It's not easy pleasing everyone all the time for Astros

Composite image by Jack Brame

You can please some of the people all of the time, you can please all of the people some of the time, but you can’t please all of the people all of the time. – Abraham Lincoln.

But in the case of Dusty Baker, at least on Twitter and talk radio, he can’t seem to please anybody any of the time.

Mind you, that’s Dusty Baker Jr., a lock Hall of Famer and current manager of the first-place Houston Astros who have the best record in the American League and pretty much have wrapped up a bye in the first-round of the playoffs.

It wouldn’t be surprising if MLB gave the Astros permission to start printing World Series tickets in the middle of August.

So why all the griping and head shaking about Baker from Astros fans? Let’s take a look at Twitter to perhaps find the reason for the fans’ summer of discontent … despite the team’s dominance, out-of-reach spot atop the American League standings and cheering crowds filling Minute Maid Park. Remember, Twitter can be a bloodbath of whining. If you don't have anything nice to say, say it on Twitter.

Maybe it’s because Baker can’t seem to make up his mind about a batting order. And sometimes the batting order makes no sense. For instance, last night Baker had Mauricio Dubon filling in for the injured Jeremy Pena and batting leadoff. Dubon is batting .195. That’s not good. Statistically, the leadoff hitter gets to the plate more often than the No. 2 batter, who gets to the plate more often than the No. 3 batter, etc. and so on.

There is a chance that the leadoff batter will be a team’s last hope to tie or win a game with two outs in the ninth inning. Last night, the Astros had a .195 hitter with a .257 on base percentage batting leadoff.

(Twitter: “We get our 94th – yes, that’s accurate – different batting order of the season for game 117.”)

But somehow the Astros are in first place and the odds-on pick to win the American League pennant and play in the World Series for the fourth time in six years.

Maybe it’s because Astros management went out and traded for Christian Vazquez (.286) to bolster the team offense, and Dusty is using him as a backup for Martin Maldonado (.186). Yes, Maldonado is popular with his teammates, but Vasquez is hitting 100 points higher than Maldy. A hundred points trumps popularity. Sure Maldonado is gunning down potential base stealers, but algorithms don’t lie – offense scores more runs than defense saves. And Vasquez’s pop time, the time it takes from the moment a pitch hits the catcher’s glove to the moment his throw reaches the fielder on an attempted steal, is about the same as Maldonado’s. Neither Maldonado nor Vasquez’s pop time is considered elite, by the way. And here’s one that might surprise you: Maldonado currently leads all American League catchers in passed balls.

(Twitter: “I’m still annoyed a game was lost because of a bad managerial call. Should have kept Urquidy in or brought in Stanek.”)

Maybe it’s because Baker seems insistent on sticking with the players who brung him. Monday night, Baker’s lineup included Dubon (.195), Yuli Gurriel (.243 in decline), Jake Meyers (.216 in steep decline) and Maldonado (.186). The Astros scored two runs, none after the first inning.

Yes, the Astros have the best record and are leading their division by 12 games. But maybe if the Astros had a set lineup and played Mancini and Vasquez more, the lead would be more, Twitter argues.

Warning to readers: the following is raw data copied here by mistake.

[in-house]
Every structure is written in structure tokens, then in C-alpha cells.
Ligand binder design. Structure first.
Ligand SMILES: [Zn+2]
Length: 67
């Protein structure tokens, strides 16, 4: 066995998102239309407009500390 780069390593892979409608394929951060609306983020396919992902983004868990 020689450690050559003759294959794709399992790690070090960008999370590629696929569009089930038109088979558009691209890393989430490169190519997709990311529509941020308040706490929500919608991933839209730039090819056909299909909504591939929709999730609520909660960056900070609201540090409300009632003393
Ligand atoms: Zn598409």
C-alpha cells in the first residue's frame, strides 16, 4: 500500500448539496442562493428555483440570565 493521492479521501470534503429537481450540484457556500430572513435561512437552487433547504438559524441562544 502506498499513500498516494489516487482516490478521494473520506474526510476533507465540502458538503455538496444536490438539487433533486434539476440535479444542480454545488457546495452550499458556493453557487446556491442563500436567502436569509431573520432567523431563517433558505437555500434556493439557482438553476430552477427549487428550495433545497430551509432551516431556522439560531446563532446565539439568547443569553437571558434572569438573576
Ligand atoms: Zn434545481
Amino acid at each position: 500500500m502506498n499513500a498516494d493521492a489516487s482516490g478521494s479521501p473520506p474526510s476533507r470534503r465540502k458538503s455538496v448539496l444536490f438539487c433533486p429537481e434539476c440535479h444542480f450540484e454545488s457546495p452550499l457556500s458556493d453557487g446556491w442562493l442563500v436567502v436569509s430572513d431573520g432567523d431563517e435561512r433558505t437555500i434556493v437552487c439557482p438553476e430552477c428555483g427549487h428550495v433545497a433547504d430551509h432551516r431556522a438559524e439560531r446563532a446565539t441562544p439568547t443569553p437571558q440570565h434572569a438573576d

(Twitter: “This L goes on Baker. He is going to cost us playoff wins. Pulling Urquidy was stupid. He shouldn’t be our manager next year, there are better options available.”)

After last night’s loss, Baker told reporters, “That was tough to take. You can put it on me.”

Astros fans, at least those on Twitter, are saying “Ya think?”

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With the end of the regular season in sight, the Houston Astros host the Kansas City Royals on Friday night, coming off a huge walk-off 2-1 win against the Orioles.

Two players from the finale against Baltimore really stood out for the 'Stros. Jeremy Pena, who had a clutch double late in the game, and Cristian Javier.

Javier struck out 11 batters over 5 innings surrendering only one run, which was exactly what the Astros needed in possibly the most important game of the regular season.

Both Pena and Javier were critical pieces to the Astros title in 2022, and it looks like they're rounding into form at just the right time.

Javier's struggles have caused many to question who would be the team's third starter in the postseason, behind Framber Valdez and Justin Verlander. Let's put this to bed right now, it's Javier.

This should be everything you need to know. Let's start with Hunter Brown. Brown has given up 5 earned runs or more in 4 of his last 7 starts.

How about JP France? France has surrendered 5 or more earned runs in 3 of his last 5 games.

However, Cristian Javier hasn't allowed 5 or more runs in a start since July 3. Javier may only give you 5 innings, but that's actually pretty common for starters in the playoffs. Teams typically remove their starters before the third time through the order.

Prime Time Pena

While the power hasn't been there for Pena this year, he is swinging the bat much better of late. Over his last 30 games, he's hitting .325 while slugging .453. Pena may only have 10 bombs on the year, but he's getting on base and hitting plenty of doubles.

If these two can contribute at a similar level to last postseason, the sky is the limit for the 2023 Astros.

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